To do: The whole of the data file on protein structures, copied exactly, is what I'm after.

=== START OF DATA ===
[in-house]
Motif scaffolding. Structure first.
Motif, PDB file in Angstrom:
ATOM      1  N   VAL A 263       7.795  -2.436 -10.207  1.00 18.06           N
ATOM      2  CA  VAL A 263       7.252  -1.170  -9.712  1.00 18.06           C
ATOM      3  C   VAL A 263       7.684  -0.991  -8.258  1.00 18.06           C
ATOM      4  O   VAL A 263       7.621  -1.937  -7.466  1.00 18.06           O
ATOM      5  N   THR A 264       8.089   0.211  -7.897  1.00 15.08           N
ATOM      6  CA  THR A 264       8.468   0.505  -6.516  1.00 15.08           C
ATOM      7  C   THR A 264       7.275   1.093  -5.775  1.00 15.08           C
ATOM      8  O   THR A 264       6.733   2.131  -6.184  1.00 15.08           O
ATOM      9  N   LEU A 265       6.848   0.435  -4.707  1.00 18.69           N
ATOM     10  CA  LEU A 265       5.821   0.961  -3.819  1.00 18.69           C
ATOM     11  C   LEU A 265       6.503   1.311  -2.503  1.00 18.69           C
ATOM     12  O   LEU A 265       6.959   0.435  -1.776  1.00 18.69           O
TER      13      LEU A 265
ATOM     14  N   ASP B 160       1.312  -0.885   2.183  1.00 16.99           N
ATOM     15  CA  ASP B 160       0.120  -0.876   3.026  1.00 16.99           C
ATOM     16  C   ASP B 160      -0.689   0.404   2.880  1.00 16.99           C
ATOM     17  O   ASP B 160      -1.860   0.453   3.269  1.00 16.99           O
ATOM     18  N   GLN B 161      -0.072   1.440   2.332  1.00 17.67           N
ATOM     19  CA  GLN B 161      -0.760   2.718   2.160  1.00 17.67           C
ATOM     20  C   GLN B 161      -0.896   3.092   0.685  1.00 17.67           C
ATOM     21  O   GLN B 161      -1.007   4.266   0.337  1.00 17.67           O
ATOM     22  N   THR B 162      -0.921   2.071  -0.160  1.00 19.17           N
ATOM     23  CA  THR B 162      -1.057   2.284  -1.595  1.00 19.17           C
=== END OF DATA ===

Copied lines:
[in-house]
Motif scaffolding. Structure first.
Motif, PDB file in Angstrom:
ATOM      1  N   VAL A 263       7.795  -2.436 -10.207  1.00 18.06           N
ATOM      2  CA  VAL A 263       7.252  -1.170  -9.712  1.00 18.06           C
ATOM      3  C   VAL A 263       7.684  -0.991  -8.258  1.00 18.06           C
ATOM      4  O   VAL A 263       7.621  -1.937  -7.466  1.00 18.06           O
ATOM      5  N   THR A 264       8.089   0.211  -7.897  1.00 15.08           N
ATOM      6  CA  THR A 264       8.468   0.505  -6.516  1.00 15.08           C
ATOM      7  C   THR A 264       7.275   1.093  -5.775  1.00 15.08           C
ATOM      8  O   THR A 264       6.733   2.131  -6.184  1.00 15.08           O
ATOM      9  N   LEU A 265       6.848   0.435  -4.707  1.00 18.69           N
ATOM     10  CA  LEU A 265       5.821   0.961  -3.819  1.00 18.69           C
ATOM     11  C   LEU A 265       6.503   1.311  -2.503  1.00 18.69           C
ATOM     12  O   LEU A 265       6.959   0.435  -1.776  1.00 18.69           O
TER      13      LEU A 265
ATOM     14  N   ASP B 160       1.312  -0.885   2.183  1.00 16.99           N
ATOM     15  CA  ASP B 160       0.120  -0.876   3.026  1.00 16.99           C
ATOM     16  C   ASP B 160      -0.689   0.404   2.880  1.00 16.99           C
ATOM     17  O   ASP B 160      -1.860   0.453   3.269  1.00 16.99           O
ATOM     18  N   GLN B 161      -0.072   1.440   2.332  1.00 17.67           N
ATOM     19  CA  GLN B 161      -0.760   2.718   2.160  1.00 17.67           C
ATOM     20  C   GLN B 161      -0.896   3.092   0.685  1.00 17.67           C
ATOM     21  O   GLN B 161      -1.007   4.266   0.337  1.00 17.67           O
ATOM     22  N   THR B 162      -0.921   2.071  -0.160  1.00 19.17           N
ATOM     23  CA  THR B 162      -1.057   2.284  -1.595  1.00 19.17           C